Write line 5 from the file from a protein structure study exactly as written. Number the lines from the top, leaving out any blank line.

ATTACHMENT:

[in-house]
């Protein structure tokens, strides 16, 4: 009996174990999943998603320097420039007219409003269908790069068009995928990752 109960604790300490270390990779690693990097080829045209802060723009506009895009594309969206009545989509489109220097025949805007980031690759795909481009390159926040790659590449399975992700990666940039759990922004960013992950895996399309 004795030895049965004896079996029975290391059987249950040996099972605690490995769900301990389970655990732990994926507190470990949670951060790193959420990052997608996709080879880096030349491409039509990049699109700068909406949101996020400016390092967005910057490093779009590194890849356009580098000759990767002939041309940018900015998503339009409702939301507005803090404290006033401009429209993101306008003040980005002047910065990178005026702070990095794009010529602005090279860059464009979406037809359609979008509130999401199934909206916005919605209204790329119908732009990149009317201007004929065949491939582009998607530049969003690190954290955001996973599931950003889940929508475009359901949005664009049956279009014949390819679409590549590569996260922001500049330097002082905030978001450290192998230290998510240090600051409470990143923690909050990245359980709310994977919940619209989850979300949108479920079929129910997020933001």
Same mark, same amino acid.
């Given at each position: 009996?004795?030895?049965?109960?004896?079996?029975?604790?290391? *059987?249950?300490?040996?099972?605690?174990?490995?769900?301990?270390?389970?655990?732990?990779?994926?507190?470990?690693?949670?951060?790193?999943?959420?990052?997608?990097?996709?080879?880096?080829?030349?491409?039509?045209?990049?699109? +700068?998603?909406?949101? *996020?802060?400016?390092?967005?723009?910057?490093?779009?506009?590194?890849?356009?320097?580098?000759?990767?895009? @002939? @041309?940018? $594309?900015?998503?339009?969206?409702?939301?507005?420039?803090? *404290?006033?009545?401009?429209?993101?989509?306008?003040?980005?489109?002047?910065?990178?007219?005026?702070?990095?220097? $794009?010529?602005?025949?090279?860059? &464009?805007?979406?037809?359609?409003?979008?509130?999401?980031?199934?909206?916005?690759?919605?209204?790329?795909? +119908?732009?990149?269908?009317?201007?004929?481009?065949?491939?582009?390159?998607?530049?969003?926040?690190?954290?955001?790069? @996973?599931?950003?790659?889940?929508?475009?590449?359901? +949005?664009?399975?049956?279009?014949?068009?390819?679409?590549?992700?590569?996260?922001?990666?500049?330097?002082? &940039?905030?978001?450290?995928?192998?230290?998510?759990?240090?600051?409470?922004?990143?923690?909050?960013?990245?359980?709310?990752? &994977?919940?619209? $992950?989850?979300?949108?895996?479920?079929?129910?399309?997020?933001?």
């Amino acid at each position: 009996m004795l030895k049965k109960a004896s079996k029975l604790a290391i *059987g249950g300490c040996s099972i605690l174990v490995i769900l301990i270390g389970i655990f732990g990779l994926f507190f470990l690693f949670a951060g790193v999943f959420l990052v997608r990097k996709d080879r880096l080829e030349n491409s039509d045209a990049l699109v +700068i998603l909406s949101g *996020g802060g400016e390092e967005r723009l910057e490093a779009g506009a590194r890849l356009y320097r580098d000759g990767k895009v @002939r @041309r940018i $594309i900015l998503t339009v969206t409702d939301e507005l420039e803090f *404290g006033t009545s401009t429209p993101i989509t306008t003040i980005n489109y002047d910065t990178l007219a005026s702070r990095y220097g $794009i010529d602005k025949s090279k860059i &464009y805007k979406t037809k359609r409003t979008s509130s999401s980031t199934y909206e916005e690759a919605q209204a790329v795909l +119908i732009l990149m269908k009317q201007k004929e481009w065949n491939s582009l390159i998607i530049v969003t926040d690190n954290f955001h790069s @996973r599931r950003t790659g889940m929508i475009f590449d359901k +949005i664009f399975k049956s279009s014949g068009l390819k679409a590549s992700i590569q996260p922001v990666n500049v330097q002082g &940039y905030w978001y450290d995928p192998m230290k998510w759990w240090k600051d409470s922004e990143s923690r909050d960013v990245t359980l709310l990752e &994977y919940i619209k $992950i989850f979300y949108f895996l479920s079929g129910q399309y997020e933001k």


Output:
């Amino acid at each position: 009996m004795l030895k049965k109960a004896s079996k029975l604790a290391i *059987g249950g300490c040996s099972i605690l174990v490995i769900l301990i270390g389970i655990f732990g990779l994926f507190f470990l690693f949670a951060g790193v999943f959420l990052v997608r990097k996709d080879r880096l080829e030349n491409s039509d045209a990049l699109v +700068i998603l909406s949101g *996020g802060g400016e390092e967005r723009l910057e490093a779009g506009a590194r890849l356009y320097r580098d000759g990767k895009v @002939r @041309r940018i $594309i900015l998503t339009v969206t409702d939301e507005l420039e803090f *404290g006033t009545s401009t429209p993101i989509t306008t003040i980005n489109y002047d910065t990178l007219a005026s702070r990095y220097g $794009i010529d602005k025949s090279k860059i &464009y805007k979406t037809k359609r409003t979008s509130s999401s980031t199934y909206e916005e690759a919605q209204a790329v795909l +119908i732009l990149m269908k009317q201007k004929e481009w065949n491939s582009l390159i998607i530049v969003t926040d690190n954290f955001h790069s @996973r599931r950003t790659g889940m929508i475009f590449d359901k +949005i664009f399975k049956s279009s014949g068009l390819k679409a590549s992700i590569q996260p922001v990666n500049v330097q002082g &940039y905030w978001y450290d995928p192998m230290k998510w759990w240090k600051d409470s922004e990143s923690r909050d960013v990245t359980l709310l990752e &994977y919940i619209k $992950i989850f979300y949108f895996l479920s079929g129910q399309y997020e933001k």